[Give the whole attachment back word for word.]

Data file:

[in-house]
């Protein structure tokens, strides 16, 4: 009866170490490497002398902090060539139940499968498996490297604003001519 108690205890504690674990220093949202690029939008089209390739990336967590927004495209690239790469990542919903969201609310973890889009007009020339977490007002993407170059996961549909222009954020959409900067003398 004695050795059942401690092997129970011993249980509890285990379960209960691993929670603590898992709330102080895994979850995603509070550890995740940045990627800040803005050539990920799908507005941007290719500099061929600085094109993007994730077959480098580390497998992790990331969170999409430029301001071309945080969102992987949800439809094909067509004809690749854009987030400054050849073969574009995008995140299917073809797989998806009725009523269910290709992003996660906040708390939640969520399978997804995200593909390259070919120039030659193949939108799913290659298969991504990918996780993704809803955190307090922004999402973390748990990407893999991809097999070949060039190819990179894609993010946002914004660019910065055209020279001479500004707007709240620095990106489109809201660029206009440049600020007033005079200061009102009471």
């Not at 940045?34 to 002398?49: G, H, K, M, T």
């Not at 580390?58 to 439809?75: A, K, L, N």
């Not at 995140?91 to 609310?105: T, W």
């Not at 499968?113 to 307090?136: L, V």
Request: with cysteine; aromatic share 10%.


[in-house]
């Protein structure tokens, strides 16, 4: 009866170490490497002398902090060539139940499968498996490297604003001519 108690205890504690674990220093949202690029939008089209390739990336967590927004495209690239790469990542919903969201609310973890889009007009020339977490007002993407170059996961549909222009954020959409900067003398 004695050795059942401690092997129970011993249980509890285990379960209960691993929670603590898992709330102080895994979850995603509070550890995740940045990627800040803005050539990920799908507005941007290719500099061929600085094109993007994730077959480098580390497998992790990331969170999409430029301001071309945080969102992987949800439809094909067509004809690749854009987030400054050849073969574009995008995140299917073809797989998806009725009523269910290709992003996660906040708390939640969520399978997804995200593909390259070919120039030659193949939108799913290659298969991504990918996780993704809803955190307090922004999402973390748990990407893999991809097999070949060039190819990179894609993010946002914004660019910065055209020279001479500004707007709240620095990106489109809201660029206009440049600020007033005079200061009102009471």
């Not at 940045?34 to 002398?49: G, H, K, M, T």
């Not at 580390?58 to 439809?75: A, K, L, N």
């Not at 995140?91 to 609310?105: T, W």
């Not at 499968?113 to 307090?136: L, V």
Request: with cysteine; aromatic share 10%.